Vanishing Point Technique

1. ## Vanishing Point Technique

Vanishing Point Technique

This method allows you to deal with unknown varying radius corners with a minimal amount of fuss and hassle. A decreasing radius corner will never sneak up on you, since you've been continually adjusting your speed through it.

The beauty of it is that it automatically adjusts for hedges, parked cars, and other vision blockers. If you can't see the curb because a car is there, the VP will slow down, and so will you. It also dictates a different line through some corners. In order to go the fastest SAFELY through the corner you need to stay within your VP. So, the fastest way through the corner then, is to maximise the VP. This often means a different line than a traditional "racing line".

You DO need the skill of braking and accelerating while leaned over though. You need to at LEAST be able to brake as fast as the corner decreases. Practise this on a controlled area before riding to 100% of the VP on unfamiliar roads.

Here's the technique:

Observe where the center of the road appears to meet the right edge of the road (left edge for countries with traffic on the left) A long way away on a long, flat straight road, but a constantly changing point on most curves.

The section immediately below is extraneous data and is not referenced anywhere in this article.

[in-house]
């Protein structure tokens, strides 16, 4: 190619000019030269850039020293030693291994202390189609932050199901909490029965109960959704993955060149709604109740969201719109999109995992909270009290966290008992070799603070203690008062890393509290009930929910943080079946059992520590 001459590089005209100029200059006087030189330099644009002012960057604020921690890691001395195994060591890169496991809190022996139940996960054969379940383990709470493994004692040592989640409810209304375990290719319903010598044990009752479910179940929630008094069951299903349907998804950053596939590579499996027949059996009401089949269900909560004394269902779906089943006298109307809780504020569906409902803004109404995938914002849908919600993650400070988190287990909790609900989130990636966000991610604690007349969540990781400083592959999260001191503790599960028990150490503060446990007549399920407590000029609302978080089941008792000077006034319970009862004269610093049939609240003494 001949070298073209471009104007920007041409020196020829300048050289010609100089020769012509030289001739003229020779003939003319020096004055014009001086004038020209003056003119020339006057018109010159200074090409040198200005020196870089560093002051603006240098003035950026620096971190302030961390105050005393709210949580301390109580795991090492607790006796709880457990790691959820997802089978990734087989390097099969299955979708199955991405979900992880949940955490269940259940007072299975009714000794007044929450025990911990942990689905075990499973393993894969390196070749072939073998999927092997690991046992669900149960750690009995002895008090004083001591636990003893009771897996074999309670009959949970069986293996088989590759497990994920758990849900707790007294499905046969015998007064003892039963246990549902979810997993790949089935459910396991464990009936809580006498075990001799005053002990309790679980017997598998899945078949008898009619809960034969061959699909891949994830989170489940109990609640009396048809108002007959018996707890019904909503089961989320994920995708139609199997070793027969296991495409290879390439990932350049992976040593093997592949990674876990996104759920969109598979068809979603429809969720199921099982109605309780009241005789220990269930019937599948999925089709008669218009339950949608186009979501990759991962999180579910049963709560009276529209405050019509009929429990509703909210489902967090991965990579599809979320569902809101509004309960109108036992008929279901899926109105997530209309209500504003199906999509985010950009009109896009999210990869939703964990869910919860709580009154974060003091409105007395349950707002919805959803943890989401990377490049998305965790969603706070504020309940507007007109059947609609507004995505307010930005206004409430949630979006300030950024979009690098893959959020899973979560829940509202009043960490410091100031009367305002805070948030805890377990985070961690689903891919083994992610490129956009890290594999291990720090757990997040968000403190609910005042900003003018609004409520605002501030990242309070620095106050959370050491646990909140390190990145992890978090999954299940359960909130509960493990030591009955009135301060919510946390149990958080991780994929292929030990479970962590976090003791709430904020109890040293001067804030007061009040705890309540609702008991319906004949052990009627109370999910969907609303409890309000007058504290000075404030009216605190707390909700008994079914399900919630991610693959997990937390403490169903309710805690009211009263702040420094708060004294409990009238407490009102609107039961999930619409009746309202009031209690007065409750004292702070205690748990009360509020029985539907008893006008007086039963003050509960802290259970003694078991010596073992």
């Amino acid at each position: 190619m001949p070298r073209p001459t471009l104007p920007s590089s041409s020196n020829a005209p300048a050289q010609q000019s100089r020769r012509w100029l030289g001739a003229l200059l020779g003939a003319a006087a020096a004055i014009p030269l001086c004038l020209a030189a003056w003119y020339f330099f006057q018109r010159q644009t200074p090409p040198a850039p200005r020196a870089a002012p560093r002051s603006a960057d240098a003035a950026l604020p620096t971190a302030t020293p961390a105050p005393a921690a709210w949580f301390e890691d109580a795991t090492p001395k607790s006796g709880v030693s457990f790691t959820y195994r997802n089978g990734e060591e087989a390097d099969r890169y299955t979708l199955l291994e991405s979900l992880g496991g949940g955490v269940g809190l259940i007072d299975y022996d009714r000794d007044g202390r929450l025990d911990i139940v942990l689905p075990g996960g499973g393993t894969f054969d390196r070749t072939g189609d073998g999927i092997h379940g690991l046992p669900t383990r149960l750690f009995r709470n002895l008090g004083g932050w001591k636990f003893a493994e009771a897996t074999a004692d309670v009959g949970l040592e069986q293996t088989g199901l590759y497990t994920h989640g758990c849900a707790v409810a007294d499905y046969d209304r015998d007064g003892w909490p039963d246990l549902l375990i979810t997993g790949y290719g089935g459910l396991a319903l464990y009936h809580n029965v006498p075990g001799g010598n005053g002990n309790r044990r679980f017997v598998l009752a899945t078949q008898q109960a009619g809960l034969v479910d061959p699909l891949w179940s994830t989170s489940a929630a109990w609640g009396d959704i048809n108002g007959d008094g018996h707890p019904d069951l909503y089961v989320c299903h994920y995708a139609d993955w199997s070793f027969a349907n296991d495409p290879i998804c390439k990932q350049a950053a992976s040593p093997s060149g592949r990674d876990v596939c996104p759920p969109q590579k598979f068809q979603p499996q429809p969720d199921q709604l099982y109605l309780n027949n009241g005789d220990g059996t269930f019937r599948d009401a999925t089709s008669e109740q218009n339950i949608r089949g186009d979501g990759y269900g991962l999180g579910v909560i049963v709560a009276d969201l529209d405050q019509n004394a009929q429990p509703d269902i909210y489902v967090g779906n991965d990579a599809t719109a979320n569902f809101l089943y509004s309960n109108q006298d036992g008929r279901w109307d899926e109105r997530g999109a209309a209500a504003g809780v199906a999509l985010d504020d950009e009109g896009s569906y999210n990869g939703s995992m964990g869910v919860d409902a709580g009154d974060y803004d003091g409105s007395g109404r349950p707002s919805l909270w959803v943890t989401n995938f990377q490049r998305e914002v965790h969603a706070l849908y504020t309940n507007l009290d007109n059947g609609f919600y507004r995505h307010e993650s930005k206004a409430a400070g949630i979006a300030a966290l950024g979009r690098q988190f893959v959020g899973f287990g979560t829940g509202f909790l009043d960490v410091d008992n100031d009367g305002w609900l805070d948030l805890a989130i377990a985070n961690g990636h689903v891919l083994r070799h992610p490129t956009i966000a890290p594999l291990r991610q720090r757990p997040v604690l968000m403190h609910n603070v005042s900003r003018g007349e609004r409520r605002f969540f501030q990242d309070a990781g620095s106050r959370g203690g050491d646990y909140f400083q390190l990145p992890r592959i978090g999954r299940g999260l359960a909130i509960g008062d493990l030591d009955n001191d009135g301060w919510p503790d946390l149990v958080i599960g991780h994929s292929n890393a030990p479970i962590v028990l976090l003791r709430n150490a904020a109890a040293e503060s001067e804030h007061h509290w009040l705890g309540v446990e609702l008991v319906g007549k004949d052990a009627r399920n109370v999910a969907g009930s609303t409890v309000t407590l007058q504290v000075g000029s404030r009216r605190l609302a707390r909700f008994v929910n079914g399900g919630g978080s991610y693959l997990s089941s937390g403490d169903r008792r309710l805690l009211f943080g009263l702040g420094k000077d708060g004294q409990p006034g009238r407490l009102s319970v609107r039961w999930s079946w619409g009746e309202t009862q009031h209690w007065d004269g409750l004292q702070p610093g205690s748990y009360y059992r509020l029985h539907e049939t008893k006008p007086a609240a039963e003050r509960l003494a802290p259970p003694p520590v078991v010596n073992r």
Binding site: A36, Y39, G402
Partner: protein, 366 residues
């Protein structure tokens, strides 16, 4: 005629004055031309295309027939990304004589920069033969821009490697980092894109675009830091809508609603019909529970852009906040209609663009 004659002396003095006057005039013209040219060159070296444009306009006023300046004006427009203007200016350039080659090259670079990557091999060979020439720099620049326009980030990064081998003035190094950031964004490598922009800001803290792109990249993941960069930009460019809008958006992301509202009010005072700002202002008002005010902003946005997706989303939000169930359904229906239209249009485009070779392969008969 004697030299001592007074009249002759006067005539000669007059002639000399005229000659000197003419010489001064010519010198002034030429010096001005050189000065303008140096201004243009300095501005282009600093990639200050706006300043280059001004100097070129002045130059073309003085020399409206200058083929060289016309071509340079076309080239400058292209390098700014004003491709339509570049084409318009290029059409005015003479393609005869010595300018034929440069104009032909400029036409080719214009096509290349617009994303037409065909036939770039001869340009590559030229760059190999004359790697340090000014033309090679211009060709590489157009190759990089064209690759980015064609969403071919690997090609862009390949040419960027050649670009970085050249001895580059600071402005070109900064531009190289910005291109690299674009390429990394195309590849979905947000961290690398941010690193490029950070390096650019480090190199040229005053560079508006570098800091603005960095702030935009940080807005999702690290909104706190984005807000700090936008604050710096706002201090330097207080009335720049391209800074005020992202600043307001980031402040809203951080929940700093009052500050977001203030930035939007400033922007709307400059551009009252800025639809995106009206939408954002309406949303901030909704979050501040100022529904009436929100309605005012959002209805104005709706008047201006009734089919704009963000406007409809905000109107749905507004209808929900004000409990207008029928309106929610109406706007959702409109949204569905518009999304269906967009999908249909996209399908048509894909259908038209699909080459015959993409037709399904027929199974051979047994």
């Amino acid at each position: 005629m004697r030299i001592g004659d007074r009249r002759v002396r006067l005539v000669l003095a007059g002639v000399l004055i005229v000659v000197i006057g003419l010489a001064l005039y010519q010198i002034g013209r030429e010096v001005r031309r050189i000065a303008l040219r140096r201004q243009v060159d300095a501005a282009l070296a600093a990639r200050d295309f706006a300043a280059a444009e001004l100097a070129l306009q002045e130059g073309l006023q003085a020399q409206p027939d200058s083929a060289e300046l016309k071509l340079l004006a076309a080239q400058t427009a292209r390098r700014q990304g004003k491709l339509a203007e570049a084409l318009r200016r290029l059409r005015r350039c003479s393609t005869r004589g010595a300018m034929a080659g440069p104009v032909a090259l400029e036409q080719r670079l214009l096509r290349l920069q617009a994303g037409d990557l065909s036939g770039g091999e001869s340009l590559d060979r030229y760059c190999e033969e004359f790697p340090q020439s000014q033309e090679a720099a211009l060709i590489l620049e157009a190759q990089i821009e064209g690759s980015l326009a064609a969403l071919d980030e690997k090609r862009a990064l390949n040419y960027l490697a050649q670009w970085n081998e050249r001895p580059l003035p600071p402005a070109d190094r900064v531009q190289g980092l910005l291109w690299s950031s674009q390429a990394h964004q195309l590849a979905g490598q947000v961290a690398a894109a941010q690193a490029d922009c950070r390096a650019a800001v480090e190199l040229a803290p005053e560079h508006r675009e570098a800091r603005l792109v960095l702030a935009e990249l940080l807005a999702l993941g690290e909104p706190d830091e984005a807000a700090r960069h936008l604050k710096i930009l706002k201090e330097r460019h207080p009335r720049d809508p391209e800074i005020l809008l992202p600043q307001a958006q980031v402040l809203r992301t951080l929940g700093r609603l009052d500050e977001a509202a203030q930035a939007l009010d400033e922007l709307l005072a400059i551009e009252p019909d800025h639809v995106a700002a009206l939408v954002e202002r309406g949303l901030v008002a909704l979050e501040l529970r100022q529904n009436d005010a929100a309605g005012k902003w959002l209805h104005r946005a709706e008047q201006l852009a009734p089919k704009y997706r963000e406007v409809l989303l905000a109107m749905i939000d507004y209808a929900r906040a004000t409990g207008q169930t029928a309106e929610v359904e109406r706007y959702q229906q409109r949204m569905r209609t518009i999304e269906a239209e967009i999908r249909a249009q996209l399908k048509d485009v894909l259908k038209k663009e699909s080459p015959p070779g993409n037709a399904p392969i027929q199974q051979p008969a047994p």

Never ride faster than you can stop in that distance.
Never ride faster than you can see, identify and avoid all obstacles within that area.
That's it.
Examples:

As you approach the corner from the long straight you are on, the Vanishing Point (VP) is essentially at the corner entrance (since you can't see around it), you slow down as you get closer to it, and it doesn't move.

As you get close, you can start to see around the corner, and the VP starts to move away from you. Adjust your speed so you are neither gaining on it, nor losing on it.

As you go through the corner, the VP will be the same distance from you.

As you start to straighten out at the end, the VP will accelerate away from you, allowing you to do the same. The VP picks the point of acceleration, so you don't end up accelerating too early.